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Showing posts from July, 2017

REVIEW: Kuso (2017)

Kuso is being touted as the "grossest film ever made," but I don't know if I'd personally go that far. What is gross, anyway? Is puss and jizz gross? Are open, oozing sores and feces in the face gross? I suppose it's all about the viewer. I, for one, just thought it was a laugh riot.

Kuso means "shit" in Japanese vernacular, but it is also used to describe items of a "poor quality," and I'm sure this title was chosen specifically for that reason. The movie is certainly full of shit, as there's plenty of feces throughout. There's also lots of ooze, puss, spit, and semen, too. If it comes out of a body, it probably makes an appearance here.

The movie is a series of slightly interconnected stories, told through random televisions in what is, apparently, a futuristic Los Angeles after a devastating earthquake. To be fair, the only reason I know that is because that's what the description says on Shudder, where the film is currently, …

REVIEW: One Last Time (2016)

This one is a little different for me, because technically speaking, One Last Time is not a movie at all, but a web series. It's also not really horror, it's actually a superhero film...but with a bit of a twist.

This one comes straight out of Pennsylvania, the home of West 2nd Productions and writer/director Luke Ramer, who actually is normally a horror filmmaker, and is currently in production on his feature The Taxidermist. But before that film went to lens, Ramer and his crew went to work on One Last Time, which he release episodically to YouTube last year.

The story follows Brian (Brian DiBonaventure), a once superhero who has settled down to live a normal life in rural Pennsylvania. He has a home, a wife, and a baby on the way, and life seems pretty great...until one day he is driving through town and spots an enemy from a life he's tried to put behind him. That ensuing battle ends in a bloody mess courtesy of a speeding train, and the events of the series escalate fro…

REVIEW: The Plague 2: Biohazard Blood (2017)

Fox Trot Productions makes features faster than any company I have ever seen. Emir Skalonja, writer and director, is constantly putting out new projects, and the thing about the movies that sets them apart from a lot of people cranking things out is that these films are all actually good.

REVIEW: Door 1 Of The 5 Doors To Hell (2017)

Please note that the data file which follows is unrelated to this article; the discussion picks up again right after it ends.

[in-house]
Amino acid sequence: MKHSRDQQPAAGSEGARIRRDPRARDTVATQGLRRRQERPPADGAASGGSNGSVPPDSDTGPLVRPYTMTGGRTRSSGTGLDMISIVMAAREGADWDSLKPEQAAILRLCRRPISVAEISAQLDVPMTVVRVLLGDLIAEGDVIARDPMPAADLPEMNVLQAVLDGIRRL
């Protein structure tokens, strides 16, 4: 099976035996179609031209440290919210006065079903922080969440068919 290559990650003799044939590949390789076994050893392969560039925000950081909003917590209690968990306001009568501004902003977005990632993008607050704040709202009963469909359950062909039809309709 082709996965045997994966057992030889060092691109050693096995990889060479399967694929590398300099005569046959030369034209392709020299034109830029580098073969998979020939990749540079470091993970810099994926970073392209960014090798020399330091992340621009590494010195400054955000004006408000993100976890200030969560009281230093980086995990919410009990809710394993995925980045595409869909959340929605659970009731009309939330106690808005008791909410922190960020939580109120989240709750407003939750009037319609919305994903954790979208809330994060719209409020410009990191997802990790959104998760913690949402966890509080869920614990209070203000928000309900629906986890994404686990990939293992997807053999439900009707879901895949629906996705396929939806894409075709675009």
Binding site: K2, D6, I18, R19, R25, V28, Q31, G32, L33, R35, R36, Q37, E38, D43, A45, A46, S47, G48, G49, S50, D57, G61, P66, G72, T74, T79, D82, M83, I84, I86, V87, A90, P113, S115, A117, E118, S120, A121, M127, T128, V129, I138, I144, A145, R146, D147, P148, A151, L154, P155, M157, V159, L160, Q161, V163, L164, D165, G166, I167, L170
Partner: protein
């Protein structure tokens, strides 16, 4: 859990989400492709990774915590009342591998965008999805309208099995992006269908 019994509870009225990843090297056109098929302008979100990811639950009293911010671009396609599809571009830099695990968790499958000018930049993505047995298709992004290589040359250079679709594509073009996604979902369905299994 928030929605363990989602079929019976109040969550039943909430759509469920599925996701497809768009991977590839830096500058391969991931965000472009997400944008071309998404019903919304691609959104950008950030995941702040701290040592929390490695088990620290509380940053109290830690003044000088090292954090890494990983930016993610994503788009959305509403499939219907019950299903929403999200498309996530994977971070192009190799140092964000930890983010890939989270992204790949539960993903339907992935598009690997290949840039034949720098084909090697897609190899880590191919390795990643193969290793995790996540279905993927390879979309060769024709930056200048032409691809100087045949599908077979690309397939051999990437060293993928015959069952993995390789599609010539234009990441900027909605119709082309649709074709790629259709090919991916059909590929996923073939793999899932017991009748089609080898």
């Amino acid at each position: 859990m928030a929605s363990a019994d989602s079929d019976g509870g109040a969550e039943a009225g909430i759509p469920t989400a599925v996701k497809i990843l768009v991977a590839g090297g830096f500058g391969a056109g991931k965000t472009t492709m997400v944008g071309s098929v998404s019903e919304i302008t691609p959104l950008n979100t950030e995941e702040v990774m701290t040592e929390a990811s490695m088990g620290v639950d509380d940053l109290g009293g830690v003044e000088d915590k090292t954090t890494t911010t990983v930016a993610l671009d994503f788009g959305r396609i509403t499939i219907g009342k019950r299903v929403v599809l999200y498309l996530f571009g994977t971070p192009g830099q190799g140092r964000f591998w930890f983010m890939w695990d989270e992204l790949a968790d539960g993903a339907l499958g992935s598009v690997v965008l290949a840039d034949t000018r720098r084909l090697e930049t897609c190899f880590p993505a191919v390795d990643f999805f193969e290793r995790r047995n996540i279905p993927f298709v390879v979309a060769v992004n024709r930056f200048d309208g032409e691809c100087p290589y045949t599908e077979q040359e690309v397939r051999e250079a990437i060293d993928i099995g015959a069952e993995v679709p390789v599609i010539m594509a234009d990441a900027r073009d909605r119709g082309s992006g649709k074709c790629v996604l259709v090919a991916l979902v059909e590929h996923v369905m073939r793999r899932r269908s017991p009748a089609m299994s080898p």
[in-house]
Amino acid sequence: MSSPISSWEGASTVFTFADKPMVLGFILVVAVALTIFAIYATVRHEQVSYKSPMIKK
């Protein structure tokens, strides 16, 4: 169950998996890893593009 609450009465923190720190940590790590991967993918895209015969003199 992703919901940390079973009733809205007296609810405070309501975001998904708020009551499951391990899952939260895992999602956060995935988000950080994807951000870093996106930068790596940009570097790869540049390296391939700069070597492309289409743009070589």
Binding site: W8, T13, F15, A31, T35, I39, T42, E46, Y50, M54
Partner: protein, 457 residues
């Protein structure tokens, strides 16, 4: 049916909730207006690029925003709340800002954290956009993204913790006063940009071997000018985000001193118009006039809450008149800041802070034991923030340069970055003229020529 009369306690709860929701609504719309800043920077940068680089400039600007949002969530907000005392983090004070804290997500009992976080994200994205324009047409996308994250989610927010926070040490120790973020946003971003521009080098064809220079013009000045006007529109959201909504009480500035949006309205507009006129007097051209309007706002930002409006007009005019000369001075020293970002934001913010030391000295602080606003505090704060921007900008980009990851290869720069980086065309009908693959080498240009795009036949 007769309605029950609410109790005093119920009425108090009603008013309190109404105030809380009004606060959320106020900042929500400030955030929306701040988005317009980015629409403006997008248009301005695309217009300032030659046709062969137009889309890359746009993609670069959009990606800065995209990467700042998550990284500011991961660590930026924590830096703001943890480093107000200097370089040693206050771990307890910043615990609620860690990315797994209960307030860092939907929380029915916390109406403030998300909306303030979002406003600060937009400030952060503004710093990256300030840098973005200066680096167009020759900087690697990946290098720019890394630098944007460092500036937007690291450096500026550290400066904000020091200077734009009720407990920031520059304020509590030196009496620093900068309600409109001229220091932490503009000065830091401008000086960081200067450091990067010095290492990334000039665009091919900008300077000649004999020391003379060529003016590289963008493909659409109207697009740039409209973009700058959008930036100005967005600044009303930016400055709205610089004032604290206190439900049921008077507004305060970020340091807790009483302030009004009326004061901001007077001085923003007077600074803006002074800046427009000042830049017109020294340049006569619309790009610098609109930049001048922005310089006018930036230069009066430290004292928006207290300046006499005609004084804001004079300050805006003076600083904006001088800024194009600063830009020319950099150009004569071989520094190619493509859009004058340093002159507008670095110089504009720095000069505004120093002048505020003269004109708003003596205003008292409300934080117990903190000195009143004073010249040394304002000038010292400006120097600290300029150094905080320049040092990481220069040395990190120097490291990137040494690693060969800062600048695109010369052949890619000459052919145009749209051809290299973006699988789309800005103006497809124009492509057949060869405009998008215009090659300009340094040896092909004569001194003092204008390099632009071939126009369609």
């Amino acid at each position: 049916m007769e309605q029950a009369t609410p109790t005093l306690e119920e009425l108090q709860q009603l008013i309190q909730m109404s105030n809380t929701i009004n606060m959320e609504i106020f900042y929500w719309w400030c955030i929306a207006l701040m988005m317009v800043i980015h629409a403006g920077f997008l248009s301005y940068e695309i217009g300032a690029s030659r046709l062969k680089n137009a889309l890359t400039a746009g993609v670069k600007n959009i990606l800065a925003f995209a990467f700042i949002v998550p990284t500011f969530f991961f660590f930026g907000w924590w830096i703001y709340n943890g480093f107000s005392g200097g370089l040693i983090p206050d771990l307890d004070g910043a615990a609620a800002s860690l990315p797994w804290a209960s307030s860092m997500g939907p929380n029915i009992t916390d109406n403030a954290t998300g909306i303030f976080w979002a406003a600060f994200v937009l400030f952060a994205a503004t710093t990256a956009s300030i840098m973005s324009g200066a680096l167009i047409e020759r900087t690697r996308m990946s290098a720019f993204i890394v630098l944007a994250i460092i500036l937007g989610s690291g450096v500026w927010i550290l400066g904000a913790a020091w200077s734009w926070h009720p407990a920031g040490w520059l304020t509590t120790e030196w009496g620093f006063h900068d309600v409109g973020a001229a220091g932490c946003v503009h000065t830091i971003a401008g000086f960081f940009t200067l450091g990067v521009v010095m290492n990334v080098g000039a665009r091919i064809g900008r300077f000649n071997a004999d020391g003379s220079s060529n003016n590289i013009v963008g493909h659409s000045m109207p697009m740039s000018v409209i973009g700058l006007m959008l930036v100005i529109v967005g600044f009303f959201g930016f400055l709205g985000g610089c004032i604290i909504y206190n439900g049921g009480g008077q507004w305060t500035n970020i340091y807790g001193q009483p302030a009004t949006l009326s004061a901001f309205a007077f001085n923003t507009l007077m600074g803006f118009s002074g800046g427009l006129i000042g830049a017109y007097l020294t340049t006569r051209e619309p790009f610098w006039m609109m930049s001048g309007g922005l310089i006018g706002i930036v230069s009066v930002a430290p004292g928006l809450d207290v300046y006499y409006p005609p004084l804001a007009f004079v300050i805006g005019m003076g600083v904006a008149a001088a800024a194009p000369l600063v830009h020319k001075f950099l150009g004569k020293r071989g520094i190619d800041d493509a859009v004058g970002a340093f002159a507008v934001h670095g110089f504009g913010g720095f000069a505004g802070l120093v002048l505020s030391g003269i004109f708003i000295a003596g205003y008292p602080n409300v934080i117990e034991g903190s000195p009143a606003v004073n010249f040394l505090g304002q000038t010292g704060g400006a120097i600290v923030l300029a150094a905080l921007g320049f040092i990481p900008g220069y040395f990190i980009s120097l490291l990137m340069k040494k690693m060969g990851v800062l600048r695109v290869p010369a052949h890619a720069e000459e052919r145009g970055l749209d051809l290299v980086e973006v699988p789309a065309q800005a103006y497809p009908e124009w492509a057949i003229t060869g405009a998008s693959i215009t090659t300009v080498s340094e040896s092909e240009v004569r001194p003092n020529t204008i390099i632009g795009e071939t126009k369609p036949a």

Putting together a really good anthology is hard. I’ve done it myself, and it’s a daunting task. No matter what kind you’re making, no matter how long it is or how many segments or episodes, you’re always going to have hits and misses. Even the greatest anthology series and movies of all time have their bad moments. So when you’re sitting down to enjoy a new anthology film, you never know what you’re going to get; Then you put in Chuck Conry’s Door 1 of the 5 Doors to Hell, and the ride begins…
After an extended period staring at the shelves in an independent video store, two couples are given an old VHS tape by the proprietor. They’ve seen practically every damn horror movie in the place, but this one is different. It’s a shot-on-video style horror, he tells them. You know they’ve never seen anything like it. So they take it home, and the nightmare begins.
I’ll stop right there though, because it’s not just a nightmare. It’s also a damn hilarious, meta piss-take on horror movies, antho…

REVIEW: Beyond The Valley of Belief (2017)

Although we definitely love horror movies here, we also really like comedy films. And when you combine the two, and do it well, you are really tickling our fancy.

REVIEW: Blind Date (2017)

Cemetery Theater is a small outfit out of Northern Maine, but despite their size, they’re creating some incredible shorts and features – and in record time, no less. Currently following up their 30-minute short Sleep Eater with a feature-length titled Sleep Eaters, director Shane Grant had time to slip in the making of another short – shot over only a few days – called Blind Date.
A man named Matthew shows up for his blind date, finding that the woman, Claire, is literally blind. After a night out to dinner at a local diner and to a movie – where Claire talks about loving horror movies (and the pair watch Sleep Eater on the big screen, because what else would horror fans watch?) Claire seems to have entranced Matthew after a crystal necklace she wears begins to glow – he can’t look away. He starts to have visions of his childhood, and the violent and disturbing end that his Father meets…but was it all a dream?
Matthew drops Claire off at home, but realizes she left her necklace in his c…

REVIEW: Inhumanwhich! (2017)

I always wished that I was old enough to have lived through all the Atomic Age horror and sci-fi films, so that I could have spent my Saturday afternoons seeing creatures morphed with animals, insects, or other beings thanks to radiation or nuclear powers, terrorizing people and cities on the screen while I nervously ate my bag of fifteen-cent popcorn and nickel soda pop.